Sailor, 94, ready for comeback

CORONA DEL MAR — Even when you're 94, there can still be some firsts in life.

Just ask Jim Emmi of Corona del Mar, who will be competitively sailing for the first time in three years next week and participating in the inaugural Around the Islands race, hosted by the Bahia Corinthian Yacht Club.

"Let me put it this way, I'm not as active as I used to be," Emmi said Friday with a chuckle. "I got a good crew. Between myself and the crew I think we'll do pretty well. I expect we'll do OK."

Emmi's team will set out from Newport Harbor Friday on a 125-mile loop around Catalina, Sutil and Santa Barbara islands and return Saturday in a race club officials hope will become an annual event.

Organizers said the race offers challenges for every type of competitor because of the different winds they face.

For guys like Emmi and fellow racer Joe Degenhardt, 81, changes in the wind shouldn't be a problem, given their decades of experience.

"Nothing out there surprises me," Degenhardt said. "Things happen all the time. It's been claimed to be the most complex sport in the world."

Degenhardt will be racing his Cat 38, Lickity Split. Emmi will be racing in Pele, a 43-foot Swan.

"The boat is so magnificently built, it's almost as good as a swan," Degenhardt said.

He would know. Degenhardt helped Emmi bring Pele to the United States from Finland where it was built in 1978. The journey wasn't easy.

"I was in very good shape then, I could stay awake for 24 hours at a time," Emmi said, talking about his early 60s as though they were his early 20s. "There were only three of us in the boat. We survived."

The crew left Finland only to get stuck in winter ice packs as it tried to pass Norway. A much larger boat circled them three times, leaving a huge wake in its path that freed the Pele and allowed the crew to return to the dock and try again later.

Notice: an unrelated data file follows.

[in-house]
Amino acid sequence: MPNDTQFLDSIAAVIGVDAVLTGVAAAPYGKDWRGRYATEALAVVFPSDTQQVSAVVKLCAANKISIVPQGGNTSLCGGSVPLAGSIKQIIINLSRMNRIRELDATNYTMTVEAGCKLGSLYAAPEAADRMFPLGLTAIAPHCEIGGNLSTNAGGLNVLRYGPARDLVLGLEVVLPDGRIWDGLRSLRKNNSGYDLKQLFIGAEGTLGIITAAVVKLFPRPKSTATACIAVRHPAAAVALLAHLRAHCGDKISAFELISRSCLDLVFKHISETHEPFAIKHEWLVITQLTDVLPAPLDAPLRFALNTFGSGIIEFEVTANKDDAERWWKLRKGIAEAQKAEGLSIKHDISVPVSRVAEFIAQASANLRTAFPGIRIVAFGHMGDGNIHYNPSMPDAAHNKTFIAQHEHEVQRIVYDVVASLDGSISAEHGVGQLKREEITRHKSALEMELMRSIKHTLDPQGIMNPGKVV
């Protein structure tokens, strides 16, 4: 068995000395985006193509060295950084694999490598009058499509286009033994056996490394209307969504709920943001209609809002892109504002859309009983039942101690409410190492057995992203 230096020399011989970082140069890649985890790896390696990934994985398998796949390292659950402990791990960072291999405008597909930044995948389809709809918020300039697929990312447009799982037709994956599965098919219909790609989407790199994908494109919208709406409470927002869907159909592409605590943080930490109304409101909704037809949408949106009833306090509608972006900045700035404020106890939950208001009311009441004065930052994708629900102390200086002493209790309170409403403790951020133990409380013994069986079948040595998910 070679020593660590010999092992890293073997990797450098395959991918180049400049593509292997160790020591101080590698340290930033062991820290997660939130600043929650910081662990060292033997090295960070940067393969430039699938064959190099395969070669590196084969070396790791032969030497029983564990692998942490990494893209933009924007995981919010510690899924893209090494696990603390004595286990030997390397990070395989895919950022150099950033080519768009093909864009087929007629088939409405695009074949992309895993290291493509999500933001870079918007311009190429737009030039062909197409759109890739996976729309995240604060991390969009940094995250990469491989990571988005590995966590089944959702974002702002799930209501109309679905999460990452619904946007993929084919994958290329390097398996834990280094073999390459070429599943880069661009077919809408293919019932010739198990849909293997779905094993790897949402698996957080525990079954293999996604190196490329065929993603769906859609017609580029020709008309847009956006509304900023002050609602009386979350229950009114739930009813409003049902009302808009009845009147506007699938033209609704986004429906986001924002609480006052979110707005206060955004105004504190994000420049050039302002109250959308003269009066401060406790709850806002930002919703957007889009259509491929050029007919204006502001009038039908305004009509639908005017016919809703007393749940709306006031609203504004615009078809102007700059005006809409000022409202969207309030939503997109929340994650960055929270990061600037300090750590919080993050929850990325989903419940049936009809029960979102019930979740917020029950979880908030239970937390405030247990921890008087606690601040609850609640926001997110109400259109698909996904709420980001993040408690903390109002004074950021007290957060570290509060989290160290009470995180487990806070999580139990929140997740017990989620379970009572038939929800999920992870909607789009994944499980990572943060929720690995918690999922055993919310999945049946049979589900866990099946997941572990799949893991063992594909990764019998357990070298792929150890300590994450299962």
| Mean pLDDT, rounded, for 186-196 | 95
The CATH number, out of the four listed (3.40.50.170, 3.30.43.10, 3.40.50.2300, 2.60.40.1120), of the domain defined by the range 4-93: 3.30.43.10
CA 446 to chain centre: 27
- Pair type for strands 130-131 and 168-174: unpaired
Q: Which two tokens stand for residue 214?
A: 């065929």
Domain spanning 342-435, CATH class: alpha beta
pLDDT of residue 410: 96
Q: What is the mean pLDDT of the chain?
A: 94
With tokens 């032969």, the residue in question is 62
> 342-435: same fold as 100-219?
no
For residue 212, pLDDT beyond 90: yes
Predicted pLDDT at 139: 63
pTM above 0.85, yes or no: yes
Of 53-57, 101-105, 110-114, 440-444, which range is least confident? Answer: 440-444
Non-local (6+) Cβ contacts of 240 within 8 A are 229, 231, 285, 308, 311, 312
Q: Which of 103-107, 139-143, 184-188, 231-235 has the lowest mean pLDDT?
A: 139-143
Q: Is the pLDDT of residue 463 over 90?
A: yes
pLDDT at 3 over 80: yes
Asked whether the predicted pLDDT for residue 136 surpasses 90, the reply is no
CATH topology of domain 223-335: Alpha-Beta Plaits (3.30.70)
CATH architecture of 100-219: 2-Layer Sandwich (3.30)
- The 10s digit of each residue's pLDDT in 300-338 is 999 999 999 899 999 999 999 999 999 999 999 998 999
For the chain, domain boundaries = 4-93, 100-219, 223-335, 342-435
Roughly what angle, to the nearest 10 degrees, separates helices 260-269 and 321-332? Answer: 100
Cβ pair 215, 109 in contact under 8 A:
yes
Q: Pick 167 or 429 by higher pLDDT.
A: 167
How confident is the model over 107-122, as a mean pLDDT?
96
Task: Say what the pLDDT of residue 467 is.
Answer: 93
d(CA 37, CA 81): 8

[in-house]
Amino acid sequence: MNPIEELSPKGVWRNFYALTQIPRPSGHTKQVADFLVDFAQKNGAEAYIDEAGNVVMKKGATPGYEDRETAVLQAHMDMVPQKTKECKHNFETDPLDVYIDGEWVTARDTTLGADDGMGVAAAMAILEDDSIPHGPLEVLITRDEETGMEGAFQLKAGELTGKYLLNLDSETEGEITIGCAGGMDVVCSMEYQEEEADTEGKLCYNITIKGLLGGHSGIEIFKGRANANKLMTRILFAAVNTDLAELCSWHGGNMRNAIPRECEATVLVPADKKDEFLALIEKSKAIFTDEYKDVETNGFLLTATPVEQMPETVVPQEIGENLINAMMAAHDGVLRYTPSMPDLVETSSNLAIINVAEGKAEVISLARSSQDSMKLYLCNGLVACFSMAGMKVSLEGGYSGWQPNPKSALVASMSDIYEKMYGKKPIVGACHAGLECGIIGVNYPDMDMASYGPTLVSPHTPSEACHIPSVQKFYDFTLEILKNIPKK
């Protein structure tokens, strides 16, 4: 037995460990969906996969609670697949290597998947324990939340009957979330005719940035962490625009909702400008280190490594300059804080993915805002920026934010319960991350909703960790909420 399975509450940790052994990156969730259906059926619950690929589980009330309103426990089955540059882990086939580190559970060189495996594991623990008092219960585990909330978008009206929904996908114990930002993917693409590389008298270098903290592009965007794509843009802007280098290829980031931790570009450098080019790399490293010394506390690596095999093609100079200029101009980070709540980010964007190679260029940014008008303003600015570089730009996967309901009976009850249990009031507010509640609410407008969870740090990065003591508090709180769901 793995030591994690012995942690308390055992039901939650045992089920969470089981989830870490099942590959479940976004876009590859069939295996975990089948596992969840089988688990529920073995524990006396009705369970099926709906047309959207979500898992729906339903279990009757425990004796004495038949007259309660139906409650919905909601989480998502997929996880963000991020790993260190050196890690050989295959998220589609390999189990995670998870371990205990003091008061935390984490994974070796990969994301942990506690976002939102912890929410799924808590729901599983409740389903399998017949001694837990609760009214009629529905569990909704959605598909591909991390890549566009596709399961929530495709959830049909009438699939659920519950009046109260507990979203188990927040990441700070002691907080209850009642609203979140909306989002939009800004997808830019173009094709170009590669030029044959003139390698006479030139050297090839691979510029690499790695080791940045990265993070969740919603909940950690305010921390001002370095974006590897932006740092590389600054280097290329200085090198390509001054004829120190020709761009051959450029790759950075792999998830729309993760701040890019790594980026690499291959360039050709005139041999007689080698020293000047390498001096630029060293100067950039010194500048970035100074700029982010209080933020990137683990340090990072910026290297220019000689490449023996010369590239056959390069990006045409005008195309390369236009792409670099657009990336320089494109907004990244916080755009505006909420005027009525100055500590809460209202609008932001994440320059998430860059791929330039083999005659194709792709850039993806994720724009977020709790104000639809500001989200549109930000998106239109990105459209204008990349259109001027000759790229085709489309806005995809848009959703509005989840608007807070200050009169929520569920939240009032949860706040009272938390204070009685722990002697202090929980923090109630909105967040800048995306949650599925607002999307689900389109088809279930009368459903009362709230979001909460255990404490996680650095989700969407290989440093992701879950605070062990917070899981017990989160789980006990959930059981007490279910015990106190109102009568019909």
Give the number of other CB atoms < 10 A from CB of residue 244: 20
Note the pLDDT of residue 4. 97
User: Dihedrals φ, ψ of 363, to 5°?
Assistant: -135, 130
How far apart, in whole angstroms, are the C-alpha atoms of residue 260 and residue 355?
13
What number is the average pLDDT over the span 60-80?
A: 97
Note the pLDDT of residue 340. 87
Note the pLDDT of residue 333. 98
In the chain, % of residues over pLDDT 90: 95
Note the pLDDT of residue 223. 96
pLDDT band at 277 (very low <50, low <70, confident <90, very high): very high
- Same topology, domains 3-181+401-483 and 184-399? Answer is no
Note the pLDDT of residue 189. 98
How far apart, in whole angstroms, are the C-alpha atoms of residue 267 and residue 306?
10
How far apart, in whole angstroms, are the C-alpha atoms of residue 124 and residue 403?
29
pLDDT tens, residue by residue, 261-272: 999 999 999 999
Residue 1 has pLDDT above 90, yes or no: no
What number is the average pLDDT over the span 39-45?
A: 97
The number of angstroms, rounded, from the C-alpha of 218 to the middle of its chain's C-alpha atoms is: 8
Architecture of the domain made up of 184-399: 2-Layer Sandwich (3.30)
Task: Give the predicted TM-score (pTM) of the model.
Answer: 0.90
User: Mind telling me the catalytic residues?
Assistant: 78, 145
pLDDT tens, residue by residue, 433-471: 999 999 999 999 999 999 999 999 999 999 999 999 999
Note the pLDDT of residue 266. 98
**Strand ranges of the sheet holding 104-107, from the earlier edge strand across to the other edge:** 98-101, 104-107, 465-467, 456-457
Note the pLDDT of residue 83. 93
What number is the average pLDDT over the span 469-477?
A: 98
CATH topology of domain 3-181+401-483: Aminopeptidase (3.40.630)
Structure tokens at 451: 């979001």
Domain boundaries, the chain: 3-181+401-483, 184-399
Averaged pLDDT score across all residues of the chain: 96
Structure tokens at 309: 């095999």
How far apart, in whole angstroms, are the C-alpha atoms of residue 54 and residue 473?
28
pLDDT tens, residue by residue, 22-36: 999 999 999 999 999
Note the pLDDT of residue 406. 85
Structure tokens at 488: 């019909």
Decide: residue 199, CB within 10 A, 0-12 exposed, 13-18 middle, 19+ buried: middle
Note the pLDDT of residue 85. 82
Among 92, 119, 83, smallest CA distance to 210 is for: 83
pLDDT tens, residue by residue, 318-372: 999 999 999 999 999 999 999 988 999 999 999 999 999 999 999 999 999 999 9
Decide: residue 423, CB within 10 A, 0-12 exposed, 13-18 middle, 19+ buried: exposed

"We headed back and found a 65-foot swan. A guy who had a lot of bucks from Sweden was transporting it across the ice pack," Degenhardt said.

The man also had two planes flying over the water to chart a path for him to get through the ice. He promised to give Emmi his route once he made it through.

The man kept his word. But with the radios aboard Pele not picking up the Swede's directions because they were using different radios, the Swede pulled some strings and had the necessary coordinates broadcast over a regular radio station.

"We were impressed they would interrupt a radio program. He had contacts all over," Degenhardt recalled.

Degenhardt departed in Europe and Emmi finished the journey to the West Coast without him, along the way passing through the Panama Canal.

"It's about the people you meet," Emmi said. "Most of the people you sail with are some pretty nice characters. I just enjoy being out on the water. Ever since I was a kid I've loved boats. Sailboats were always my favorite. I just love to cruise."

Emmi spends his days cruising now, but he's taking this afternoon to prepare for next week's race.

"I never thought I'd feel this good at 94," Emmi said, laughing. "I feel pretty good. I feel like most guys do in their 70s."

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